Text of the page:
|11th Frame: Bowlers diminish value of team (01-23-13)|
|Written by BILL RYAN Sentinel Staff Writer|
|Wednesday, 23 January 2013 09:54|
The Professional Bowling Association is debuting its new team format this week. The events are being contested in Detroit.
Amateur bowlers have seen the value in the team concept as teams are the bread and butter of most leagues throughout the country.
Ray Bluth, Don Carter, Tom Hennessey, Pat Patterson and Dick Weber comprised the famed Budweiser team in the 1950s. Despite its 1958 record 3,858 team total being broken more than 38 years later, they still are considered the greatest team of bowlers ever assembled.
Because of the primary focus of the PBA, individual recognition has been a dominant focus for bowlers in recent years. There are far too many league bowlers who have diminished the value of working together as a team.
A good team member:
• Will worry more about the team winning than their individual accomplishments. Better to bowl a bad game and the team win, than to bowl great and still have the team lose its game or match.
• Encourages a teammate if they have a bad frame or game. It serves no purpose to berate your teammate for an errant shot or a rough game.
• Gently provides a suggestion or comment primarily only after being asked by a teammate. With a good cooperative relationship, can initiate such a conversation by saying something like, "I saw something in your (release, approach, delivery, etc.) that may help you if you are interested in hearing about it."
By such a comment you provide your fellow bowler with the opportunity to hear about your observation or suggestion.
• Congratulates the opponents on a good ball, split conversion, etc. as well as a high-scoring game or series. By keeping the atmosphere friendly (even though you may be quietly and politely rooting for the opposing team to stumble) it spurs better bowing by you and your teammates.
• Puts the team's needs ahead of their own individual glory.
Anyone who has not tried bowling on a team in an organized league, should consider the possibility. Many teams often need a substitute for a night or a replacement due to injury or other circumstances during the middle of a season.
Youth of the Week: Youth bowlers who bowled the most pins over their average in any one game, with pins over, were: Jan. 12: Brendon Kolkemeyer, 64; Dawson Wohler, 63; Oletha Ketcham, 53; Destiny Garner, 31. Jan. 19: Kelly Miller, 63; Erin Spangenberg, 55; Logan Keller, 62; Jackson Stevens, 54.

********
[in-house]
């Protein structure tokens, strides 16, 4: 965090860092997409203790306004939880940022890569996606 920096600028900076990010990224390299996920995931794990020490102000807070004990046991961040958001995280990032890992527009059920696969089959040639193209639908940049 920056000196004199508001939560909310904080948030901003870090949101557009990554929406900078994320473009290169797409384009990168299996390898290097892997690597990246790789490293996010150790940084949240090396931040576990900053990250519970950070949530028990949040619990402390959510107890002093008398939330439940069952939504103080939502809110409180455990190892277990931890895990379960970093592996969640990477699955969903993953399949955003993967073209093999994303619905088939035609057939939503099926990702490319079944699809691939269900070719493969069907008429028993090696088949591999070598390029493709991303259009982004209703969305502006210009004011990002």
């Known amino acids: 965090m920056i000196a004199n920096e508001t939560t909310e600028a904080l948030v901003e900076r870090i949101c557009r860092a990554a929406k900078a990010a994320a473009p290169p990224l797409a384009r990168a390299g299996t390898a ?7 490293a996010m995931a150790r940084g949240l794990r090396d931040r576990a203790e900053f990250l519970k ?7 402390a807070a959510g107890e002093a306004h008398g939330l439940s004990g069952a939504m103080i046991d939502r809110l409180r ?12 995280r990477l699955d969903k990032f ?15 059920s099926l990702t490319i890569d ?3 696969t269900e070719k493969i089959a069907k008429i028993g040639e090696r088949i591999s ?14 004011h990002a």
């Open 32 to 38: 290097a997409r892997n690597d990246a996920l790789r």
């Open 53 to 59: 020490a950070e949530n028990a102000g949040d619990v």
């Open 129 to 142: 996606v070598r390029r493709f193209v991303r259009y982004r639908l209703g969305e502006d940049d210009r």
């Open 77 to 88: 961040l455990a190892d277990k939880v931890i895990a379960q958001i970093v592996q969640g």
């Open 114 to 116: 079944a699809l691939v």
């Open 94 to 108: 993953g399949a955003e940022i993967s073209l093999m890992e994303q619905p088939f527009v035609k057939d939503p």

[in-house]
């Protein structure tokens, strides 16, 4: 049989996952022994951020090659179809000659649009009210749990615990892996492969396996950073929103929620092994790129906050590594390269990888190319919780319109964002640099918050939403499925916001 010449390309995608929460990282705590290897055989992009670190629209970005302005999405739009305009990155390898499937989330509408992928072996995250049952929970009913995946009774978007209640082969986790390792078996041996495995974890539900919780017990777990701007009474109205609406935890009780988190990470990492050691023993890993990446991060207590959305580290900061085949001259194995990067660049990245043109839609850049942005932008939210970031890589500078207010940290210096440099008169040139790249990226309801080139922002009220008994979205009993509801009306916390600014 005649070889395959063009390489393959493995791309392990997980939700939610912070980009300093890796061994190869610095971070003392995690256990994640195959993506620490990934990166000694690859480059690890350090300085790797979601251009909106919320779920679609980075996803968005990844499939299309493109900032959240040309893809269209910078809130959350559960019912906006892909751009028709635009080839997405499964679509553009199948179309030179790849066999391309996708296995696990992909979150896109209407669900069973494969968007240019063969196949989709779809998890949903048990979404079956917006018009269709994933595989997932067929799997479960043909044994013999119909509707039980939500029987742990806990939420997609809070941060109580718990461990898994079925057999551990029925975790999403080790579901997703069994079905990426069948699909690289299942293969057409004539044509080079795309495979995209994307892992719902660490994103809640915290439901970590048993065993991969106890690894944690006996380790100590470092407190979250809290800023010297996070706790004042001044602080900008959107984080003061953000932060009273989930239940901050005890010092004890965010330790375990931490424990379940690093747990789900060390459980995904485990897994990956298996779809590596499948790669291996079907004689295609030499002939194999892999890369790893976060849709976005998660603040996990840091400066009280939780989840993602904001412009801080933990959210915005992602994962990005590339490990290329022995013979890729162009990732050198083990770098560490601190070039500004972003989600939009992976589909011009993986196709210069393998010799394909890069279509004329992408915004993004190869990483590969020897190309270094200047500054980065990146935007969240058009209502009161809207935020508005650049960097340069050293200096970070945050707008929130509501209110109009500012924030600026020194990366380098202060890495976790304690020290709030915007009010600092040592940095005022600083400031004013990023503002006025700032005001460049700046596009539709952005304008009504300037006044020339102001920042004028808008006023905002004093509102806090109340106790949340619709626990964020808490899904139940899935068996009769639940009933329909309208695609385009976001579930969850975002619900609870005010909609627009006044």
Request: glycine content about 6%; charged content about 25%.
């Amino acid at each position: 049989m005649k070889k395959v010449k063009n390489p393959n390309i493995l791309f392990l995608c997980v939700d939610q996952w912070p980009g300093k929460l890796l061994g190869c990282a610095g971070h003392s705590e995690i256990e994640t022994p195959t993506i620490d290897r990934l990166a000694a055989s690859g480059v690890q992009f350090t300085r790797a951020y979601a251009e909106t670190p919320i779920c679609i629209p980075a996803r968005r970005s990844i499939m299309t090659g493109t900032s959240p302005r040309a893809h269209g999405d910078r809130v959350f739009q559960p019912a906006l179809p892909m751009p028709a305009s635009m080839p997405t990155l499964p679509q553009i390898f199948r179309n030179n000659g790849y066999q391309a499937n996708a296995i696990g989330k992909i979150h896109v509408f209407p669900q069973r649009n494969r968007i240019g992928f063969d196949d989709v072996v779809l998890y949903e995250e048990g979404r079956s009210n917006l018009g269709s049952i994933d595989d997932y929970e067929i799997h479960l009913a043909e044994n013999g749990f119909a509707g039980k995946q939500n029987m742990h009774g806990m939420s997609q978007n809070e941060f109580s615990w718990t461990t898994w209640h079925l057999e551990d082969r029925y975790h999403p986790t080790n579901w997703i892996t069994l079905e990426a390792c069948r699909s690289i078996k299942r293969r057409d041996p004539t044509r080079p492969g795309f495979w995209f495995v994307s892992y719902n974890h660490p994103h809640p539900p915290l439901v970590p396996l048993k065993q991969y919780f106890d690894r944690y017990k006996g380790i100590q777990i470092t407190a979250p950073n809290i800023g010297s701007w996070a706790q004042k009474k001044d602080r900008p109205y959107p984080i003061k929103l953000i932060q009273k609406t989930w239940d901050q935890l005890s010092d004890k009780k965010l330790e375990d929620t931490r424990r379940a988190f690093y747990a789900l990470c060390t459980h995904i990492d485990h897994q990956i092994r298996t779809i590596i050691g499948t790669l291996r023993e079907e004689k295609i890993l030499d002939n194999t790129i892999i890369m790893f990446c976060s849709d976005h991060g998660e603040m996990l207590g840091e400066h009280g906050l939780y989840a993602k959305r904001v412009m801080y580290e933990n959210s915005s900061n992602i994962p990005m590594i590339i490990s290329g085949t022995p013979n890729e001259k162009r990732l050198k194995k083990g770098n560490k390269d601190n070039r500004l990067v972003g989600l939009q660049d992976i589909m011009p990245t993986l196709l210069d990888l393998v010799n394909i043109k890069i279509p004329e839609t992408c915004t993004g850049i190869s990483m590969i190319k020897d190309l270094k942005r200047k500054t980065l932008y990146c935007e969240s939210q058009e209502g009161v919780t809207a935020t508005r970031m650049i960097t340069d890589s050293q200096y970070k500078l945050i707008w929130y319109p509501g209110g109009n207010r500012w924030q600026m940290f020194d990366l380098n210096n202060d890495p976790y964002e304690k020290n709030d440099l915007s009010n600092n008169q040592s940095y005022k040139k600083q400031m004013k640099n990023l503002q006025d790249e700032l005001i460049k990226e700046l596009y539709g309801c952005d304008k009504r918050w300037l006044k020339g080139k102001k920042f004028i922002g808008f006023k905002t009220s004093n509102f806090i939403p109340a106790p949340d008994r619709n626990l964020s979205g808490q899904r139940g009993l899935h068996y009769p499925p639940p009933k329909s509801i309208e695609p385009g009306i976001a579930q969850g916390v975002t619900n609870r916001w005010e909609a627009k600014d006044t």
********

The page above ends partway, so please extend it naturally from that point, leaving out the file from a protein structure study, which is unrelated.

Footbowling time: Al-Mar's fourth annual Footbowl Championship is Feb. 3 at 10 a.m.
Teams of three bowlers will compete in the handicap event, which converts bowling success into field goals, touchdowns etc. The football scores based on the team points won will win the match and remain alive in a team bracket format. Entry fee is $30 per bowler, with first place estimated at $450 for the championship team, based on a full squad of 16 teams.
Footbowl points are awarded for individual as well as team success.
Visit or call the bowling center at (419) 352-4637 for complete details. The event is open to the first 16 teams to pay their entry.
Surviving the game: The six bowlers eliminated in Week 13 of Al-Mar's "Surviving the Game" were primarily from the Elks and American leagues. Those eliminated with pins under average were: Matt Truman, Elks, 97; Al Seifert, Elks, 88; Jim Korpusik, American, 87; Bill Ryan, American, 82; Vinny Nuhfer, Elks, 81; and Nate Henschen, Randy Miller Classic, 77.
Bowler Game Series
Pancha Melendrez 256,
Pancha Melendrez 268 672
Jodie Wint 267 659,
Mary Ann Dimick 225 615
Dawn Poirier 220 -
Dean Bressler 278 -
Nate Foos 277 -
National tourney shot
Scotty Santysiak 277 -
|Last Updated on Wednesday, 23 January 2013 09:56|
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